“Hollywood is crawling with outsiders and foreigners. And if we kick them all out you’ll have nothing to watch but football and mixed martial arts which are not the arts. An actor’s only job is to enter the lives of people who are different from us, and let you feel what that feels like. And there were many, many, many powerful performances this year that did exactly that. Breathtaking, compassionate work.”

In a grand, eloquent sweep, the veteran actor gestured towards the challenges awaiting the acting fraternity, and many other diverse sections of the American public. She told the gathering how Trump’s imitation of a disabled reporter “broke her heart. … I still can’t get it out of my head, because it wasn’t in a movie. It was real life. And this instinct to humiliate, when it’s modeled by someone in the public platform, by someone powerful, it filters down into everybody’s life, because it kinda gives permission for other people to do the same thing,” she said.

Faced with Meryl Streep’s speech, one cannot but consider how strikingly different the conduct of Bollywood stars has been when it comes to dealing with similar challenges; how abjectly they have failed in not just defending their own rights as a collective community of actors – but also thereby ending up backing retrogressive fiats by default.

Very recently we were witness to the manner in which Raj Thackeray’s Navnirman Chitrapat Karmachari Sena (MNS) bullied top Bollywood actor Shah Rukh Khan, and director Karan Johar, into giving an assurance that they would not work with Pakistani actors in future. The orchestrated uproar over the release of Khan’s film Raees this September, which had Mahira Khan, a Pakistani actress in a lead role, pushed Shah Rukh Khan into offering Thackeray an assurance that “they will not hire any Pakistani actor till the situation between the two countries (India and Pakistan) improved.”

Shalini Thackeray, general secretary of MNS Chitrapat Karamchari Sena, went to the extent of saying: “It is not a veiled threat. It’s a direct threat to producers like SRK and Karan Johar who take Pakistani actors in their movies.” Even in the face of such unabashed bullying, Bollywood kept totally silent.

The same way it kept mum when the Modi government attacked actor Aamir Khan last year for his comments on the prevailing culture of intolerance in the country.

The discomfiting truth is that in almost all such cases of covert and overt persecution, actors are left to fight lonely battles (that is if they themselves do not rush to placate the bullies,) while the industry heavyweight lapse into silence as a means of self–preservation and self–advancement.

In stark contrast to such servility, Meryl Streep spoke out not on just on behalf of her own fraternity – but also defended the interests of the larger fraternity of others who are feeling ever more alienated and threatened by Trump’s politics.

Her speech, in its wide scope, was political in content. “Disrespect invites disrespect, violence incites violence. And when the powerful use their position to bully others we all lose,” she said. Addressing the media, the actor called on the press to hold the government accountable and for the public to support independent reporting. She urged the “famously well-heeled Hollywood Foreign Press” to support the Committee to Protect Journalists. Saying “we’re going to need them, and they’ll need us to safeguard the truth.”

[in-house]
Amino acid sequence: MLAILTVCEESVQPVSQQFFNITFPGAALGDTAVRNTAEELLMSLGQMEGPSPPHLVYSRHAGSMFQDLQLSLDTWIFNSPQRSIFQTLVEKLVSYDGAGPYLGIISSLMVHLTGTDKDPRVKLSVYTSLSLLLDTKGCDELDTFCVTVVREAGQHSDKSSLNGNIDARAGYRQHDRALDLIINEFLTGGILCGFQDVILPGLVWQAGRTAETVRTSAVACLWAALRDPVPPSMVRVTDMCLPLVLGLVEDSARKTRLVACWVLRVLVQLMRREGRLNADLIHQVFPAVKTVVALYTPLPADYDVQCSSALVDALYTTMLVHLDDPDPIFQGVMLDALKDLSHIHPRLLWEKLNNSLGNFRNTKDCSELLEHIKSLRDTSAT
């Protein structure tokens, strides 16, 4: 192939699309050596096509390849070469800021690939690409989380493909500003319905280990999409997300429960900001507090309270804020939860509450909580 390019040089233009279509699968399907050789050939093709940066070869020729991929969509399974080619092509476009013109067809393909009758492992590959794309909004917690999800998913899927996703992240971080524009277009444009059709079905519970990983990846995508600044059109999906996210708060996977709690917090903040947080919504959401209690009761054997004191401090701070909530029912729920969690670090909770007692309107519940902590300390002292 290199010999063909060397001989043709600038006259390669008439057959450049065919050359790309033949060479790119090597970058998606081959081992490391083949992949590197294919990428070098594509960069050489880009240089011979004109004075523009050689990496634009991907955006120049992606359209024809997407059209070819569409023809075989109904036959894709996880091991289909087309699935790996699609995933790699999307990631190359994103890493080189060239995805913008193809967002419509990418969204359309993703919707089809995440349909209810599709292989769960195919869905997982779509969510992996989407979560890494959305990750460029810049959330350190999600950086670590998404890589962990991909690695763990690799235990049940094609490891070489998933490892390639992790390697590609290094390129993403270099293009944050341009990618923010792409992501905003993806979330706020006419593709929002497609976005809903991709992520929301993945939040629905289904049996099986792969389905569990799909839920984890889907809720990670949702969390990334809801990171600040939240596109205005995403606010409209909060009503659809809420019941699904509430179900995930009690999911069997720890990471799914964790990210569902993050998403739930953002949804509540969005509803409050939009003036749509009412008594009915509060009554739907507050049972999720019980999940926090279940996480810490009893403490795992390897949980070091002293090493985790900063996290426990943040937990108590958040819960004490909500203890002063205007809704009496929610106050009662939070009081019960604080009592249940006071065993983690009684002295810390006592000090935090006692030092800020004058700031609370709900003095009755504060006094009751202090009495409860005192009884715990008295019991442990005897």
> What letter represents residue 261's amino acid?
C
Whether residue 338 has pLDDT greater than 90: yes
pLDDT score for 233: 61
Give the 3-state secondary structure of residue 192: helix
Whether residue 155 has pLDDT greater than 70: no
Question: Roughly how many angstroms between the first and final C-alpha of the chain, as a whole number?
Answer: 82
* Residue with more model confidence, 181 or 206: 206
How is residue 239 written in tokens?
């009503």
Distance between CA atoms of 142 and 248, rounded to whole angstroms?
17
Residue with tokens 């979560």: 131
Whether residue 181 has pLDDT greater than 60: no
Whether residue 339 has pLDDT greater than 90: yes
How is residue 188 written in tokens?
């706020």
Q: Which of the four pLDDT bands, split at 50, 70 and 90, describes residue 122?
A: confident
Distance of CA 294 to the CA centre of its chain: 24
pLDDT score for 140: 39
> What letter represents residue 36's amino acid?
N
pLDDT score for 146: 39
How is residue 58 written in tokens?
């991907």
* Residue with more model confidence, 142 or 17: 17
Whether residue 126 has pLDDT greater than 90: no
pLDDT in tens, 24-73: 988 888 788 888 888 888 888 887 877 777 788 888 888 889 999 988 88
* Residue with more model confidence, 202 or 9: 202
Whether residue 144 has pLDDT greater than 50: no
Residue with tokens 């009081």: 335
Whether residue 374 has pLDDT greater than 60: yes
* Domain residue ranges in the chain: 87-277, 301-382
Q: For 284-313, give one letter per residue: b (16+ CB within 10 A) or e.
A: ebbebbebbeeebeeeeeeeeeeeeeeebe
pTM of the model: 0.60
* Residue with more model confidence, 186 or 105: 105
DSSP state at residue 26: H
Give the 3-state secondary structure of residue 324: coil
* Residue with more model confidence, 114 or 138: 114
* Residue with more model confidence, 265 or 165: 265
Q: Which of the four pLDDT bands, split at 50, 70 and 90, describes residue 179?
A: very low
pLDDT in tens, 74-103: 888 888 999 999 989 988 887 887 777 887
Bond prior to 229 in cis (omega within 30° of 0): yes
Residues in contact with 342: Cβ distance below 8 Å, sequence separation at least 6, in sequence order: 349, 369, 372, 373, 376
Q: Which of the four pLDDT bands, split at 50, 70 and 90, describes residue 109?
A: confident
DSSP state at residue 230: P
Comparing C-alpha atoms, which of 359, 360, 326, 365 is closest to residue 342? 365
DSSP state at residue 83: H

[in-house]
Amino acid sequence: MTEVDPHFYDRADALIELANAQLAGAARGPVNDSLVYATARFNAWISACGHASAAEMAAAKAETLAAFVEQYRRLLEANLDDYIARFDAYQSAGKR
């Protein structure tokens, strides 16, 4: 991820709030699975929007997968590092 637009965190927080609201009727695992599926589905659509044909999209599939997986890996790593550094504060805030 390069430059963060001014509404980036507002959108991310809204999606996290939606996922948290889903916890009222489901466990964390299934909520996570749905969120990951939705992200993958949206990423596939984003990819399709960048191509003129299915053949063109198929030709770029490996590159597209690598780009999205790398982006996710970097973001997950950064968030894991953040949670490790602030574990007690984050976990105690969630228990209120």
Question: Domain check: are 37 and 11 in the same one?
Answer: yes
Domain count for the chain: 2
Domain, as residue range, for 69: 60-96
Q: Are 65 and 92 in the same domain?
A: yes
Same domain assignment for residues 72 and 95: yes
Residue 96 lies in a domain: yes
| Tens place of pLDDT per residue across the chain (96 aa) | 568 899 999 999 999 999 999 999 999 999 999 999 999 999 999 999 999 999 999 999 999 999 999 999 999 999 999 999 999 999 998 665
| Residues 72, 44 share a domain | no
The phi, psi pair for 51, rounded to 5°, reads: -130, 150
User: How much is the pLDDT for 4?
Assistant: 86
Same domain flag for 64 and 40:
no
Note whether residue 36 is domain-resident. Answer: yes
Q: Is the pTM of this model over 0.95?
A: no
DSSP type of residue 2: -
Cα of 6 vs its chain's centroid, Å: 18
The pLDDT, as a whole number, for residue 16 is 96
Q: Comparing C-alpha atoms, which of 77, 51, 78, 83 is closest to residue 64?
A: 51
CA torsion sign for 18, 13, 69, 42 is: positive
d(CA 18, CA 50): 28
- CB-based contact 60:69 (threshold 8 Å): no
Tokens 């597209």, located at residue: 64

In a strangely fitting way, Streep’s speech comes days after the death of Indian actor Om Puri who, not only championed progressive causes throughout his career but was mercilessly hounded by the powers that be last year for his remarks on the controversy on hiring Pakistani actors.

Unsurprisingly, he found little vocal support within his own community. All too often, only the Anupam Khers of Bollywood are heard speaking out aloud – and that speaks volumes for the culture that seems to dominate the film industry in India.

Salman Khan acquitted in Jodhpur for Arms Act case: The actor has paid his dues ‘deerly’ let it go now

It would have been dead of old age by now.

That Salman and company shot the deer 18 years ago is pretty much an accepted truism.

Salman Khan. Image courtesy News18

The Jodhpur court ruling that Khan be given the benefit of doubt makes one wonder where the doubt is? Unless the chinkara died of fear or was so overwhelmed by the star’s presence the bullet wound in his body would have wiped out any doubt that it was slain by gunfire. Bullets have a funny way of leaving the barrel of a weapon and striking the target they were meant for. The slug can also be traced back to the weapon and through its rifling and the groove marks be 100 percent identified as to which weapon it was chambered into.

It took eighteen years to get to this point and underscore the doubt. Says very little for our justice system but in a nation where ‘shikar’ not so long ago was an accepted practice of the royals, the zamindars, the nawabs, the armed forces and the landed gentry and sundry VIPs the harassment and mental agony of 18 years certainly serves as a severe and undeserved penalty and punishment for this actor. Just the pressure of never knowing if you are going to be locked up and being shunted from town to town makes the dues paid for his crime paid in full and with pernicious interest.

We go into depression if a bank calls about an overdue credit card payment by a day. A missed EMI sends us into a panic.

For 18 years we hounded this man just to let him off the hook with timid dispensation.